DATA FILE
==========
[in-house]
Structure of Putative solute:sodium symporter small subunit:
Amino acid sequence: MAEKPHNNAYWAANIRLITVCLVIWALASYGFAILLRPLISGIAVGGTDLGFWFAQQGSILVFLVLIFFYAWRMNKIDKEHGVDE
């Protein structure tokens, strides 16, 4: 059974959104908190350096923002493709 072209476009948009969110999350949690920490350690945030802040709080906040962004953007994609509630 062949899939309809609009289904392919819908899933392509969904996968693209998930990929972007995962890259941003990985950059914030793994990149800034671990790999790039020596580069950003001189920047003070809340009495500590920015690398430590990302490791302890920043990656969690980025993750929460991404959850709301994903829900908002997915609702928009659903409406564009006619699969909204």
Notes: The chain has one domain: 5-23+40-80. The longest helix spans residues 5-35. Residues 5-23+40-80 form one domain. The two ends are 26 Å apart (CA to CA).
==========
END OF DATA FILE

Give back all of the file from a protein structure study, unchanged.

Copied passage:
[in-house]
Structure of Putative solute:sodium symporter small subunit:
Amino acid sequence: MAEKPHNNAYWAANIRLITVCLVIWALASYGFAILLRPLISGIAVGGTDLGFWFAQQGSILVFLVLIFFYAWRMNKIDKEHGVDE
């Protein structure tokens, strides 16, 4: 059974959104908190350096923002493709 072209476009948009969110999350949690920490350690945030802040709080906040962004953007994609509630 062949899939309809609009289904392919819908899933392509969904996968693209998930990929972007995962890259941003990985950059914030793994990149800034671990790999790039020596580069950003001189920047003070809340009495500590920015690398430590990302490791302890920043990656969690980025993750929460991404959850709301994903829900908002997915609702928009659903409406564009006619699969909204």
Notes: The chain has one domain: 5-23+40-80. The longest helix spans residues 5-35. Residues 5-23+40-80 form one domain. The two ends are 26 Å apart (CA to CA).